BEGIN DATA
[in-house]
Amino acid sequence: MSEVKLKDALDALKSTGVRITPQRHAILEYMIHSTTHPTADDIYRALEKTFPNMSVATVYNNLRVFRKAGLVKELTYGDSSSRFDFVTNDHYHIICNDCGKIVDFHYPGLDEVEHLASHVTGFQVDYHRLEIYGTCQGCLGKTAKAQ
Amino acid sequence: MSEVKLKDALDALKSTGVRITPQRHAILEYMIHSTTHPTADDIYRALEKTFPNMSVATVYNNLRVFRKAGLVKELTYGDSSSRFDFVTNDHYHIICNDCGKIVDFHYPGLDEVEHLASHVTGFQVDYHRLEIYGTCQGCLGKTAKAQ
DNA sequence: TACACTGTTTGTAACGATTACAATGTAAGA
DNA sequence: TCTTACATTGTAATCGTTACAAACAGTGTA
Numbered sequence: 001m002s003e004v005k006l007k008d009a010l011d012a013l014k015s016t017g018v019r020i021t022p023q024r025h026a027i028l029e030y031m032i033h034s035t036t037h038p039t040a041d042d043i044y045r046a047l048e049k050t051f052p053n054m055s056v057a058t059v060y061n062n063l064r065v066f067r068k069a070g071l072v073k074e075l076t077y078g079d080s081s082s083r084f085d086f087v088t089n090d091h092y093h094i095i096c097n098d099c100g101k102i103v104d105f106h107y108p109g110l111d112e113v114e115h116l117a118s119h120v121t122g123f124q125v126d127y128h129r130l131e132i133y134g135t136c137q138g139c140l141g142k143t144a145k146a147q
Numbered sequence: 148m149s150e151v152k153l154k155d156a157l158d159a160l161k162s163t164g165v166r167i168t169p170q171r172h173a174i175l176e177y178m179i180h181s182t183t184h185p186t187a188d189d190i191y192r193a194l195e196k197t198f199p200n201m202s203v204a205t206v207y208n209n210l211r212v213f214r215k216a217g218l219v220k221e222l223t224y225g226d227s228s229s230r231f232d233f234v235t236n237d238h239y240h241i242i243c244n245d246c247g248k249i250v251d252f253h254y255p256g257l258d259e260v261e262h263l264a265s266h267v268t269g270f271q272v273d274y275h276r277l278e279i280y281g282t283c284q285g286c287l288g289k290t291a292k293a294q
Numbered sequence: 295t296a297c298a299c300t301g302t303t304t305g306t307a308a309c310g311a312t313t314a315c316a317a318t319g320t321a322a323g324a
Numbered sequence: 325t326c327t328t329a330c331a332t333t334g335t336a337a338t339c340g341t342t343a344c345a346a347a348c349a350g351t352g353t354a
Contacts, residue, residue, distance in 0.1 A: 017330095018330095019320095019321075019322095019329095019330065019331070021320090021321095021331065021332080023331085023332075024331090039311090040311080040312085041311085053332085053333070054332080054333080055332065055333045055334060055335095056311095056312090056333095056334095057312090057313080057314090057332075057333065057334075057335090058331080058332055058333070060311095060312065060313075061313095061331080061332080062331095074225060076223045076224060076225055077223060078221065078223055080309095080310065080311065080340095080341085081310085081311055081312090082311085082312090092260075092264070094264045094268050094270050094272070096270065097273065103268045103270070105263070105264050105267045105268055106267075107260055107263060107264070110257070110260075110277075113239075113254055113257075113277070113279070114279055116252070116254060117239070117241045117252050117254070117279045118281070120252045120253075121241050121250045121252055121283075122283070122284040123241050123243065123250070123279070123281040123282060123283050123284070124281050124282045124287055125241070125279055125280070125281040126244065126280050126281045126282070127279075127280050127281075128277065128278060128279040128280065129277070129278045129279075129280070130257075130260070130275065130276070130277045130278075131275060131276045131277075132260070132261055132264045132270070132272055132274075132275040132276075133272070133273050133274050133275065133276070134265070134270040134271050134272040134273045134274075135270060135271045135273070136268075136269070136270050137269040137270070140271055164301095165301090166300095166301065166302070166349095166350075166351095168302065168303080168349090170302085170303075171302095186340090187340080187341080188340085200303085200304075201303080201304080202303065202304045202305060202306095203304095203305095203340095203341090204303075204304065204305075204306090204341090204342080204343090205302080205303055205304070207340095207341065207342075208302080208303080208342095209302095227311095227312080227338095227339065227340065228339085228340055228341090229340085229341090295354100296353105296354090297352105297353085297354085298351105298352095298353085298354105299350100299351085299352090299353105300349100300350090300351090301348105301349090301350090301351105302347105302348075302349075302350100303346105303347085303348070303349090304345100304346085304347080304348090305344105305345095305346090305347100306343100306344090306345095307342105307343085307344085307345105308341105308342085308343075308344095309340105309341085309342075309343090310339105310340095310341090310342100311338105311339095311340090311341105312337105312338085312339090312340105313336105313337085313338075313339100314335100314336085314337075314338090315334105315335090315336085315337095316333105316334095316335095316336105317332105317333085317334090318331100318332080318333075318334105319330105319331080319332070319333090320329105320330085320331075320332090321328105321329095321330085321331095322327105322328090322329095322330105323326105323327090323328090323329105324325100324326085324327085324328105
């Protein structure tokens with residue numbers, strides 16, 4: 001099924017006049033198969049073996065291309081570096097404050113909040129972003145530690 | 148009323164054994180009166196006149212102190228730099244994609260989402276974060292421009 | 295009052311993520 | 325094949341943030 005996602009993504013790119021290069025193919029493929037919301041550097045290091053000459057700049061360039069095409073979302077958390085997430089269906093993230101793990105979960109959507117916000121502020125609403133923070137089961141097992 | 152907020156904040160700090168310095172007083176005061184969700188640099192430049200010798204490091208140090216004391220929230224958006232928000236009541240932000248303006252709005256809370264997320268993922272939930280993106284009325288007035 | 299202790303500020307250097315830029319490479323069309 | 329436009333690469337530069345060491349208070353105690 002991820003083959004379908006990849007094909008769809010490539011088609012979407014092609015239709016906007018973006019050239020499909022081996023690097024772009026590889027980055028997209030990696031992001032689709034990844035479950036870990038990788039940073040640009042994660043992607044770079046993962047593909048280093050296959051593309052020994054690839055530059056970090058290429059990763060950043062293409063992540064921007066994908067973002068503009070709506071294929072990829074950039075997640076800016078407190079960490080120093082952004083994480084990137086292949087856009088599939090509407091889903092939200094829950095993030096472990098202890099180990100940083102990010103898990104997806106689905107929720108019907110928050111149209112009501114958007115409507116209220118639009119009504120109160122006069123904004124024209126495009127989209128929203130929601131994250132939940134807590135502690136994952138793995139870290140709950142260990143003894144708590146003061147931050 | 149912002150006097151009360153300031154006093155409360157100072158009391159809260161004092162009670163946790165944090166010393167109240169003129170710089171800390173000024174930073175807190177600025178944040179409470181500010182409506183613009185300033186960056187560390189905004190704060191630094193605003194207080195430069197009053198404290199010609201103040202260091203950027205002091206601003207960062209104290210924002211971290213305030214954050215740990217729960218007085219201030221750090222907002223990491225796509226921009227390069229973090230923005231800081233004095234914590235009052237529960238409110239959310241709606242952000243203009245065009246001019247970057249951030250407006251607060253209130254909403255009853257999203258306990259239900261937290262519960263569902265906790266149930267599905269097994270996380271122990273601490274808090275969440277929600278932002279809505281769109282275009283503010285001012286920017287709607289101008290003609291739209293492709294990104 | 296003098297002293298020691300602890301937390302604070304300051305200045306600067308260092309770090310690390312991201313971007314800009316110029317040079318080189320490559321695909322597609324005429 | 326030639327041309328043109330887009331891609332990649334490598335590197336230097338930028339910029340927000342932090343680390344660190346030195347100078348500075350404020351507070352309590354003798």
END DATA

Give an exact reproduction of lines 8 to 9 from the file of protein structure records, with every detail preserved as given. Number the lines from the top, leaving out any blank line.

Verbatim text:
Numbered sequence: 295t296a297c298a299c300t301g302t303t304t305g306t307a308a309c310g311a312t313t314a315c316a317a318t319g320t321a322a323g324a
Numbered sequence: 325t326c327t328t329a330c331a332t333t334g335t336a337a338t339c340g341t342t343a344c345a346a347a348c349a350g351t352g353t354a